02 April, 2021
9 Min Read
GS: Paper-3: Agriculture and Dry Land area Development: Prelims-Personality Test
Context: 2023 will be observed as the International Year of Millets after India’s proposal to the Food and Agricultural Organization (FAO) was approved. In the last six decades, millets have seen a drop in area despite green evolution in the 1960s; however, the productivity seems to go up with the help of high-yield varieties and better technologies.
International Fund for Agricultural Development (IFAD) has supported an initiative to revive kodo millet and kutki (little millet) cultivation in Dindori district of Madhya Pradesh.
Millets score over rice and wheat, whether in terms of vitamins, minerals and crude fibre content or amino acid profile. They are gluten-free. In 2018, the Union Agriculture Ministry declared millets as “Nutri-Cereals”, considering their “high nutritive value” and also “anti-diabetic properties”. 2018 was observed as ‘National Year of Millets”. The UN General Assembly too adopted an India-sponsored resolution to mark 2023 as the “International Year of Millets”. Yet, these high-nutrient cereals (fine grains) aren’t the first choice of either consumers or farmers.
Background of Millets
Millets are one of the oldest foods, these are the small-seeded hardy crops which can grow well in dry zones or rain-fed areas under marginal conditions of soil fertility and moisture. Millets are cultivated in low-fertile land, tribal and rain-fed and mountainous areas. These areas include Haryana, Uttar Pradesh, Chhattisgarh, Gujarat, Rajasthan, Madhya Pradesh, Maharashtra, Andhra Pradesh, Karnataka, Tamil Nadu and Telangana.
Due to their short growing season, millets can develop from seeds to ready to harvest crops in just about 65 days. This highly beneficial characteristic of the millets is of vital importance in thickly populated regions of the world. If stored properly, millets can keep well for two years or beyond.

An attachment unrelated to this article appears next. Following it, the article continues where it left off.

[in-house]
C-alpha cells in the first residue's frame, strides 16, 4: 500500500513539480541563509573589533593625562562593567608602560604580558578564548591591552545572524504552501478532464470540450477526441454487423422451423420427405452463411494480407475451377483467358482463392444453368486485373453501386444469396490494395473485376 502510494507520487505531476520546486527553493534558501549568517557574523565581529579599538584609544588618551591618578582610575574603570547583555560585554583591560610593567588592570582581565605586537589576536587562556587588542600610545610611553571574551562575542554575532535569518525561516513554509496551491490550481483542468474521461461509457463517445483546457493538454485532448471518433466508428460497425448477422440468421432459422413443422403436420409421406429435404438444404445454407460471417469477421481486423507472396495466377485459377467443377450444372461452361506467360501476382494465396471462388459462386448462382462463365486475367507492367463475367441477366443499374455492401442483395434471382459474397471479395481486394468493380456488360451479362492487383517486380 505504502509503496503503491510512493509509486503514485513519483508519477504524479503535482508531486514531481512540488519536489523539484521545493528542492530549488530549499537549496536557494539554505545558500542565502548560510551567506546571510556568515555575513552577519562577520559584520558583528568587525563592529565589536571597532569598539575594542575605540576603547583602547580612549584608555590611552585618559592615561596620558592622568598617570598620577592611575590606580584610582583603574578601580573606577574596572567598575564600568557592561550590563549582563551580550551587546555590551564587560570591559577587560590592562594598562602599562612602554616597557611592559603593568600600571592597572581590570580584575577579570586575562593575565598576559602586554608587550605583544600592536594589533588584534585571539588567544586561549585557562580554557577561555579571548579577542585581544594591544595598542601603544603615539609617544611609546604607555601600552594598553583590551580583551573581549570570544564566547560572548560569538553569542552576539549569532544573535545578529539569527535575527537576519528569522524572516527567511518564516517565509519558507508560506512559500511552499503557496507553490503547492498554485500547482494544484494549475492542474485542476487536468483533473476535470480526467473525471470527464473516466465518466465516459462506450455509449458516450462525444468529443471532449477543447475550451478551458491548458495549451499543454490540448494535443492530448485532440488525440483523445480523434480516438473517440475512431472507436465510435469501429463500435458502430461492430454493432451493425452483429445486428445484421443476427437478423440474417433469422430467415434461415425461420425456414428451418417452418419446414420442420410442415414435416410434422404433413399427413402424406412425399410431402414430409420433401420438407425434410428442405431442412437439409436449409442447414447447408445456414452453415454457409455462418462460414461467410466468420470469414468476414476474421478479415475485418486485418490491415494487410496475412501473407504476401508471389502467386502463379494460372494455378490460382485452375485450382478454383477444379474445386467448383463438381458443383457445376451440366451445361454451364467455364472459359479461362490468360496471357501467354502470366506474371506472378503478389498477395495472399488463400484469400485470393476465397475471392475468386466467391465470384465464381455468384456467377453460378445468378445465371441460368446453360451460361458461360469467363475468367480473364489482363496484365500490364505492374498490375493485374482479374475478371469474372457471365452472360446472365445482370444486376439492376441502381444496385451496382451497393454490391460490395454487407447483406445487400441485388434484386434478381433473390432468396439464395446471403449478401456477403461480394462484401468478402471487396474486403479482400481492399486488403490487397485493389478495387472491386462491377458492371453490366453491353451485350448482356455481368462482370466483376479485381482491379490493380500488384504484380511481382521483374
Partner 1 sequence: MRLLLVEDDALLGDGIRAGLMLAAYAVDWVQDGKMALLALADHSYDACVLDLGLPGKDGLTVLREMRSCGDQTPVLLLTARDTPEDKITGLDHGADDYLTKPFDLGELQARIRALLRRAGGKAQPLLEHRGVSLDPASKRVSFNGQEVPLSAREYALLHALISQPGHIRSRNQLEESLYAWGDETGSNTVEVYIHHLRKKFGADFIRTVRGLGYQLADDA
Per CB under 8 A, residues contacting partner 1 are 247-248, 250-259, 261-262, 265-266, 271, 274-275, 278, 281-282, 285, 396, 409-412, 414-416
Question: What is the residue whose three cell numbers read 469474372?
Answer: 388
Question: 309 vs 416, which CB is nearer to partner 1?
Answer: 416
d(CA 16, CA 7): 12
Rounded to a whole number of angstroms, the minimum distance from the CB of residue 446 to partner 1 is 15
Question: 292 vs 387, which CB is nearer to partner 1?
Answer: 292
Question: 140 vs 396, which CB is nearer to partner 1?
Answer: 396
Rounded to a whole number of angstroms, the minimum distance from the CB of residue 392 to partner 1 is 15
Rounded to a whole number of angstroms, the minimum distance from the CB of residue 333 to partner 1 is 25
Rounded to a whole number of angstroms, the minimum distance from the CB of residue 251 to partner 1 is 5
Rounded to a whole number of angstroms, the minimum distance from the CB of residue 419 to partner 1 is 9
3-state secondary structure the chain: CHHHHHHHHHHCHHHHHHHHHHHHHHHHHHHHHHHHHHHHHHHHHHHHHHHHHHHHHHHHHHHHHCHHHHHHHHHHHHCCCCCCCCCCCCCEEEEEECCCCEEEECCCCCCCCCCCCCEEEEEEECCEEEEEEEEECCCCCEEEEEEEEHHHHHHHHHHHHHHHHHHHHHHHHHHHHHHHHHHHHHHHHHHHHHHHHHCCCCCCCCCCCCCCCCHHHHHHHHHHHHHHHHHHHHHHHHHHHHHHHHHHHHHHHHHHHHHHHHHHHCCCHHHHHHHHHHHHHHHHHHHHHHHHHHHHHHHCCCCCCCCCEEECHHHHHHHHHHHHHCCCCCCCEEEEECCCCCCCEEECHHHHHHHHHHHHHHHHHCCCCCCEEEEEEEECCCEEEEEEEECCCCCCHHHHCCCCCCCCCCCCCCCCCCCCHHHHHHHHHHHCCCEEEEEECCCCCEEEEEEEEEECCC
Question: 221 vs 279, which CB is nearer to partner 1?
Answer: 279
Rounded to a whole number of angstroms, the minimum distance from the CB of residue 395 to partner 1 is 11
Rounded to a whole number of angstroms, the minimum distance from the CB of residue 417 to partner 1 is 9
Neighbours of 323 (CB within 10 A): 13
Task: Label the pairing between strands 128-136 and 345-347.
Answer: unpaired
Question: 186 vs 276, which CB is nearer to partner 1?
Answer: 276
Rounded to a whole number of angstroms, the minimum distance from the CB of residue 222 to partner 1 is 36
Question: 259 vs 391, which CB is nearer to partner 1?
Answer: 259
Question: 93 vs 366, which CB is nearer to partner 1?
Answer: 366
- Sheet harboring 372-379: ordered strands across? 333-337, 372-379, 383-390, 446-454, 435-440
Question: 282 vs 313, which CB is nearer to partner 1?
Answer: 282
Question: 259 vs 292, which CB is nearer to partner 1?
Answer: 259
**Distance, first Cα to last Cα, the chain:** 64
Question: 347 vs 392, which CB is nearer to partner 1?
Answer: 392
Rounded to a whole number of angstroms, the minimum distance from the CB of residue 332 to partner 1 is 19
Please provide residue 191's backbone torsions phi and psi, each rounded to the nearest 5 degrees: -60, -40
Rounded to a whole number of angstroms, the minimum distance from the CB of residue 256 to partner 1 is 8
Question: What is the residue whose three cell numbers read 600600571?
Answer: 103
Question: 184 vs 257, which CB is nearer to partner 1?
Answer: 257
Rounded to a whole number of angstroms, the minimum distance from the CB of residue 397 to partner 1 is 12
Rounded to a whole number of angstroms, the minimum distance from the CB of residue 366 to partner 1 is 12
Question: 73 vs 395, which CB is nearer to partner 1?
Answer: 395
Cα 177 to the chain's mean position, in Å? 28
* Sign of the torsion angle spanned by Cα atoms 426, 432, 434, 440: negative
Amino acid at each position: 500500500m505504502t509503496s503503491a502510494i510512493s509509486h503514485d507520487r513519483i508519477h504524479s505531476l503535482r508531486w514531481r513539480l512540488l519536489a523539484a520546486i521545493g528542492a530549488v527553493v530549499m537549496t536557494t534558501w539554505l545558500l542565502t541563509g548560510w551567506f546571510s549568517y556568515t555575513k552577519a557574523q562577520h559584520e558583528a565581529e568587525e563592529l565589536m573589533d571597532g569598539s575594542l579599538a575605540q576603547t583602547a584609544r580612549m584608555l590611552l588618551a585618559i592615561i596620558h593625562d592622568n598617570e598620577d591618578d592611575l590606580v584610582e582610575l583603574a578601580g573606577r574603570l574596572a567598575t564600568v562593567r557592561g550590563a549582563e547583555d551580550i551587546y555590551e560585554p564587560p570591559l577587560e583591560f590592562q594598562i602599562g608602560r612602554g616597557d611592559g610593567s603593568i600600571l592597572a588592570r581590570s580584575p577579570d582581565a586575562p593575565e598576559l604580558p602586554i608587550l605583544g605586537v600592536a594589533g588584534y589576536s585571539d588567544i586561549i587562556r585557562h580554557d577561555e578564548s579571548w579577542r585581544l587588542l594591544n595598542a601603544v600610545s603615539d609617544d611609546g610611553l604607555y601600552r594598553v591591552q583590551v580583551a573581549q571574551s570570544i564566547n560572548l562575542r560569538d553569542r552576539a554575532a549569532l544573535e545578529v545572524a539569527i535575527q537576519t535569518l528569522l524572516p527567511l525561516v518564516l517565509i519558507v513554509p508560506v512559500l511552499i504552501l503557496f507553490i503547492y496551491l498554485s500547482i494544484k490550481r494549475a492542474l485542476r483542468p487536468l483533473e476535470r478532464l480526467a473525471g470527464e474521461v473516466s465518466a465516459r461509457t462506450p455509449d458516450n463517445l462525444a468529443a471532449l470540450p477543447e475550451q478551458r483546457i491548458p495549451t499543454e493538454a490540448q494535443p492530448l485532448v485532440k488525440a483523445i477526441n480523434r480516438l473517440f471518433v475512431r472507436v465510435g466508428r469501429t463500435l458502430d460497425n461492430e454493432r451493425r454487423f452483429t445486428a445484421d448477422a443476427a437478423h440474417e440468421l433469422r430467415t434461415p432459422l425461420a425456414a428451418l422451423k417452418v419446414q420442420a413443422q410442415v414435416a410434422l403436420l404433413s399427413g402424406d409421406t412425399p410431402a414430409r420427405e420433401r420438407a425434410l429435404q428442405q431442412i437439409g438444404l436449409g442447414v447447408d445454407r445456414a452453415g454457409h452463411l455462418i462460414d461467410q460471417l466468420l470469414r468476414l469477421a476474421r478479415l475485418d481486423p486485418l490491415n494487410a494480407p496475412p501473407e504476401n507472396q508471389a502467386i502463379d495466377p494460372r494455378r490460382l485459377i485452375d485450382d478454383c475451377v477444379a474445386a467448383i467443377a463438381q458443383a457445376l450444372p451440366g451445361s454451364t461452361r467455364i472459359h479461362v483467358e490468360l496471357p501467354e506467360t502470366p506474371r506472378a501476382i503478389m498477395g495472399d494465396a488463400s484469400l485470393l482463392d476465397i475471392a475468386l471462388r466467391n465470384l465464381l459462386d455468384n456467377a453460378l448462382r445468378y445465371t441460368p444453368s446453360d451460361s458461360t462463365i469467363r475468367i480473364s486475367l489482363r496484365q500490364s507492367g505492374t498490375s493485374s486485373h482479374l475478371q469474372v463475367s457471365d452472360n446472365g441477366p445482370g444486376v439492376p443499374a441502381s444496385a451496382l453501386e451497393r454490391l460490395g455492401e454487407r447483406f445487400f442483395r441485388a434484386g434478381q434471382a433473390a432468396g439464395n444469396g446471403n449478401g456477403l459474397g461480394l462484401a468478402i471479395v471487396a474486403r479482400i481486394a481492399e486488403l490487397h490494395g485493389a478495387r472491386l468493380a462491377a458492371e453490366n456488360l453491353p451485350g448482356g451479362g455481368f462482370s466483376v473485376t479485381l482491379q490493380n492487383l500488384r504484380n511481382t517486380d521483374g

Millets can not only grow in poor climatic or soil conditions and provide nutritious grain as well as fodder, but these can also very well fit into multiple cropping systems under irrigation as well as dryland farming due to their short growing season.
The prolonged and easy storability of millets under ordinary conditions has given them the status of Famine Reserves and this feature is of great importance for India, as the agriculture of our country suffers from unexpected changes in monsoon.
Types of Millets in India
The millets commonly grown in India include Jowar (sorghum), Bajra (pearl millet), ragi (finger millet), Jhangora (barnyard millet), Barri (Proso or common millet), Kangni (foxtail/ Italian millet), Kodra (Kodo millet) etc. Let us read about them in detail and also learn their regional names.
Importance of Millets
According to the Ministry of Agriculture & Farmers Welfare, in 2016 – 2017, the area under the cultivation of millet declined with 60% less coverage area (to 14.72 million hectares) due to change in consumption pattern, conversion of irrigated area for wheat and rice cultivation, unavailability of millets, low yield, dietary habits, less demand. This resulted in fall in the level of nutrients like vitamin-A, protein, iron and iodine in women and children leading to malnutrition.
The Indian policymakers refocused their attention towards millet farming systems and enacted policies to create an enabling environment for the farmers. With respect to millets production, some of the existing schemes by the Government of India include:
Given below are some of the advantages of Production of Millets in India.
Millets as Smart Crop
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